Sunday, September 9, 2007

A confession and a plea

Like I've already said, I really wish I had started this long ago when I first began reading and learning and wondering. It would have been nice to have more interaction and discussion earlier on in the process (not that I've received any comments or emails.) However, the thing that this blog did accomplish is that it's been making me think a lot about my beliefs and where exactly I am in this search.

Unfortunately, I think I'm farther along than I originally expected. I'm finding that my gut feeling is leaning in favor of Islam, which doesn't make me particularly happy. Truthfully, I'd much rather be Christian, which is probably why I'm prolonging this as long as possible.

There are many reasons I'd prefer to remain Christian. It would make things much much easier with my family; I fully expect converting to completely screw up my family relations and I wouldn't expect them to ever recover fully. I love how I feel at Christmas and Easter and how I feel anytime I'm just quiet and relaxed in a church; I love that feeling of peace and fulfillment. I'm not saying that I can't get that with Islam also but I don't expect the Muslim holidays to ever be the same. I didn't grow up celebrating them with my family, I don't have years of happy memories associated with them, I didn't grow up hearing the stories as a child, and I doubt any Muslim holiday in America can ever feel quite right, regardless of the Muslim community surrounding me. Also, the one and only mosque I've visited just doesn't have that feeling of extravagance and spirituality that the big, fancy, old churches have. Whenever I want to go pray, I don't go to my church, which is plain and simple, I go to the Catholic chapel because of its decoration, the statues, the stained glass, the paintings and carvings and stone, the incense, everything helps me to feel like I'm truly in God's house; I don't have much experience with mosques but I get the impression that they may have ornate calligraphy and geometric decoration but not the things that typically put me in a spiritual mood. I'm also a very big music guy and I would really miss hymns with organs and choirs. I never did understand why music is such a non-existent part of Islamic worship; there are many musical references throughout the Bible and the Psalms are all songs; Judaism and Christianity both have long musical traditions in worship but it doesn't seem to be a part of Islam at all. I also do like a good pork steak and beer but I could easily give those up; the things that really matter are my relationship with God and my relationship with my family and friends.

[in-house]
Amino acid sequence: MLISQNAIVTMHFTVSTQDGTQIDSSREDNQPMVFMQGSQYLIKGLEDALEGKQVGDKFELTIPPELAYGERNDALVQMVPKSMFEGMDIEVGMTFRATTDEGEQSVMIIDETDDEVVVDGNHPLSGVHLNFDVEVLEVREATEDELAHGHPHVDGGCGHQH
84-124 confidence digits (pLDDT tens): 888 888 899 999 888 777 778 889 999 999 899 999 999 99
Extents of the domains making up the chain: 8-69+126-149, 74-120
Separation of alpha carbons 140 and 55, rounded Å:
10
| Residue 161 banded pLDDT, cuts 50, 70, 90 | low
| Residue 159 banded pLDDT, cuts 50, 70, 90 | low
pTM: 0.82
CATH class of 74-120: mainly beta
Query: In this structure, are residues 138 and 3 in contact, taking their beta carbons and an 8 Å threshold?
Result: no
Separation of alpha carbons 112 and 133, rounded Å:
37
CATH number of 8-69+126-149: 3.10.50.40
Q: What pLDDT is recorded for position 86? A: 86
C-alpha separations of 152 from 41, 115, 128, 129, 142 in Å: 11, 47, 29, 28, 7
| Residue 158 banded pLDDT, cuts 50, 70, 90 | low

However, although those are all definite pros for Christianity, that second-to-last part about "my relationship with God" is the reason I'm finding it hard to remain Christian. I've always had a hard time with the Trinity. I find that whenever I pray, everything's pretty much addressed to God the Father. I'd always recognized Jesus' sacrifice and my resulting forgiveness but God the Father was always the one doing the forgiving. He was the one who blessed me with all I had. In my mind, Jesus was a messenger, a prophet, and a martyr whom I'd just accepted as God's son and part of God. However, I've never really accepted any argument or explanation as to WHY he is one with God. When reading the Gospels, I've never come across anything that convinces me that Jesus was more than a prophet. I don't question his role as the messiah but I don't exactly understand where his divinity originated. Jesus seemed pretty against anyone worshiping him. Most of the New Testament proclamations of Jesus' divinity are located in Paul's epistles. Thus, I feel more like we're following Paul's beliefs and preachings than Jesus'. I feel like Jesus wouldn't have taught such confusion but would have been clear on his teachings. Even after his resurrection, Jesus never states his divinity. I know that some of the early Christian churches before Paul worshiped Jesus as God but I don't understand from whence that notion originates.

Since I'd really much rather remain Christian, I'm asking for persuasion to do so. Please give me an explanation that would allow me to remain Christian without having these doubts that constantly tear at me. None of the reasons I have for remaining Christian are truly religious reasons, they're more reasons of convenience or sentiment.

Since the world's great theological minds haven't accidentally stumbled upon this blog yet, I'm going to go ahead and solicit readers and, hopefully, discussion. I'm going to email religious leaders from a few varied backgrounds in hopes that others can help me through this.

I know there was more that I wanted to write but it's slipped my mind. I'm sure it'll come to me eventually and I'll write it later.


Azooz said...

Hi Again,

I am not an Islamic preacher, weak on theology but am good on the Quran for language.

I get a funny "Save Me From Islam" vibe from your post, and might actually do that by mistake - I talk too much too often and bore even the most patiant.

My ex-wife was a Brooklyn Italian - a wonderfull cook who loathed the idea of becoming a Muslim for everyone loved her Italian pork and ham dishes flavored with fine Italian wines - Islam got her to, poor thing, and she still misses cooking them last I heard :)

She and I had a Rock and Roll wedding and honymoon - You are right, music is harder to let go off - but these past few years I have left it probably becuase I am getting old.

Muslims are Chrisitans in the original meaning of the word, before Jesus (pbuh) was made into a devine figure and before the Trinity. The message of worshiping God alone (No Partners) is not unique or new to Islam.

One thing I have been talking about to many American priests is that the current media attack on Islam is also promoting Islam. I met my first new Muslim in the 70s and it has grown greatly since then. The media issue is based on their faith that Islam is wrong, my point is that Islam is true - so I do not mind when my point is ignored. I word it weakly for my English is not good these days but getting there because it is my first language belive it or not.

That is my rambling, I think I am avoiding my own blog by writeing here but hope some one else interfer to try to "save you" - easy for I really am no great theological mind.

God Bless


Searching For Truth said...

The "save me from Islam" vibe you're getting is exactly how I feel. I really don't want to become Muslim but I'm scared that's where I'm heading. In the end, I'm going to do whatever I feel is right and true. I'm sure I'll miss my pork and beer and church hymns but those certainly aren't enough to keep me from God just as the many temptations of immoral living, including just getting to sleep late on Sundays, don't keep me from being Christian now.

While I'm on the subject of church hymns, I now find myself analyzing every hymn we sing every week and many have nothing intrinsically Christian about them, or intrinsically non-Muslim, I should say. Obviously there are many that speak either implicitly or explicitly of the Holy Trinity but there are also many that are only songs of praise to God. I wouldn't think that their Christian authorship would have any sway on their literal meaning. Thus, I see no reason they would be rejected by Muslims.